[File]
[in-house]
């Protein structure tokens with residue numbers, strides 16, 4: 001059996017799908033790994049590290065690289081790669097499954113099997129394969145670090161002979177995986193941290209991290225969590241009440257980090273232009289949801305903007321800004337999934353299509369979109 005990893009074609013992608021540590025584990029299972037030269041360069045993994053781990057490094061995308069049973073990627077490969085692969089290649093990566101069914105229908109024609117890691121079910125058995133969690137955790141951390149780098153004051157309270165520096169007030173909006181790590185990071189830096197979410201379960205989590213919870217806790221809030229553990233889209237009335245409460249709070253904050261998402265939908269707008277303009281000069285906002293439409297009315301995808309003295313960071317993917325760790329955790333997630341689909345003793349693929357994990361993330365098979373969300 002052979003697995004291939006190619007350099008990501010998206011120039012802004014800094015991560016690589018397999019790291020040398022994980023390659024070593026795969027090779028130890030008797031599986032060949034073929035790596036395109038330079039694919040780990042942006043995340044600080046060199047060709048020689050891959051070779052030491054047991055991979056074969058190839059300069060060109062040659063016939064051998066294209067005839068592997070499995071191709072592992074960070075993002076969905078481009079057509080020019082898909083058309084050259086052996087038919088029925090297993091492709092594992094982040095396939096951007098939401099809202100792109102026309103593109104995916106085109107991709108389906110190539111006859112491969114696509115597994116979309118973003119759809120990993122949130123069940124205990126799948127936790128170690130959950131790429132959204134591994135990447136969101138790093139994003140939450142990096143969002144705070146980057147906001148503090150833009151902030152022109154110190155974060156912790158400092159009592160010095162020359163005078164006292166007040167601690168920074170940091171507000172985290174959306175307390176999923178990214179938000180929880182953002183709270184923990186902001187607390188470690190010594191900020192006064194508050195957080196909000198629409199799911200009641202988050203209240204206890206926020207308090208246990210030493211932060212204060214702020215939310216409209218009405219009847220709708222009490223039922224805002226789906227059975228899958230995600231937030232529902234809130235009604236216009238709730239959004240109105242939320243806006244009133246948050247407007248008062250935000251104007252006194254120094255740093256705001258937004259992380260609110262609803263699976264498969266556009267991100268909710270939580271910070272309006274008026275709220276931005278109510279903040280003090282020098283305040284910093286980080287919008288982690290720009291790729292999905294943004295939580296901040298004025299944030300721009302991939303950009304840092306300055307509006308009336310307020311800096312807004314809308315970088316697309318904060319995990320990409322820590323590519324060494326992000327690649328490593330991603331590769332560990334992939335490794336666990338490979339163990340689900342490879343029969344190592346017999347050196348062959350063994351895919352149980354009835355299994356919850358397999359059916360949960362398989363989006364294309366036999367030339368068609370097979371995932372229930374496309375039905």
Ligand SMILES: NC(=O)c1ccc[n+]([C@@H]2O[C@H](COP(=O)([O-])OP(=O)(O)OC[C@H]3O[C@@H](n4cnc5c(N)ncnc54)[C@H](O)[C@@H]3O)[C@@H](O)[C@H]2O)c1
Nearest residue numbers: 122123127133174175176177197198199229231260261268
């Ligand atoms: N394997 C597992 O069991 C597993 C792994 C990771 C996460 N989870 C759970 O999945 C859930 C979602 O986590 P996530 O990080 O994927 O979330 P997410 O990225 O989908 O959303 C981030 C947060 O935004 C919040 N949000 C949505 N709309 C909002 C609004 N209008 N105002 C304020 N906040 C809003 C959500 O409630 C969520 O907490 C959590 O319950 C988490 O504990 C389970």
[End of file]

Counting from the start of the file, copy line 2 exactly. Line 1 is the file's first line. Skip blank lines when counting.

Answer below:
């Protein structure tokens with residue numbers, strides 16, 4: 001059996017799908033790994049590290065690289081790669097499954113099997129394969145670090161002979177995986193941290209991290225969590241009440257980090273232009289949801305903007321800004337999934353299509369979109 005990893009074609013992608021540590025584990029299972037030269041360069045993994053781990057490094061995308069049973073990627077490969085692969089290649093990566101069914105229908109024609117890691121079910125058995133969690137955790141951390149780098153004051157309270165520096169007030173909006181790590185990071189830096197979410201379960205989590213919870217806790221809030229553990233889209237009335245409460249709070253904050261998402265939908269707008277303009281000069285906002293439409297009315301995808309003295313960071317993917325760790329955790333997630341689909345003793349693929357994990361993330365098979373969300 002052979003697995004291939006190619007350099008990501010998206011120039012802004014800094015991560016690589018397999019790291020040398022994980023390659024070593026795969027090779028130890030008797031599986032060949034073929035790596036395109038330079039694919040780990042942006043995340044600080046060199047060709048020689050891959051070779052030491054047991055991979056074969058190839059300069060060109062040659063016939064051998066294209067005839068592997070499995071191709072592992074960070075993002076969905078481009079057509080020019082898909083058309084050259086052996087038919088029925090297993091492709092594992094982040095396939096951007098939401099809202100792109102026309103593109104995916106085109107991709108389906110190539111006859112491969114696509115597994116979309118973003119759809120990993122949130123069940124205990126799948127936790128170690130959950131790429132959204134591994135990447136969101138790093139994003140939450142990096143969002144705070146980057147906001148503090150833009151902030152022109154110190155974060156912790158400092159009592160010095162020359163005078164006292166007040167601690168920074170940091171507000172985290174959306175307390176999923178990214179938000180929880182953002183709270184923990186902001187607390188470690190010594191900020192006064194508050195957080196909000198629409199799911200009641202988050203209240204206890206926020207308090208246990210030493211932060212204060214702020215939310216409209218009405219009847220709708222009490223039922224805002226789906227059975228899958230995600231937030232529902234809130235009604236216009238709730239959004240109105242939320243806006244009133246948050247407007248008062250935000251104007252006194254120094255740093256705001258937004259992380260609110262609803263699976264498969266556009267991100268909710270939580271910070272309006274008026275709220276931005278109510279903040280003090282020098283305040284910093286980080287919008288982690290720009291790729292999905294943004295939580296901040298004025299944030300721009302991939303950009304840092306300055307509006308009336310307020311800096312807004314809308315970088316697309318904060319995990320990409322820590323590519324060494326992000327690649328490593330991603331590769332560990334992939335490794336666990338490979339163990340689900342490879343029969344190592346017999347050196348062959350063994351895919352149980354009835355299994356919850358397999359059916360949960362398989363989006364294309366036999367030339368068609370097979371995932372229930374496309375039905």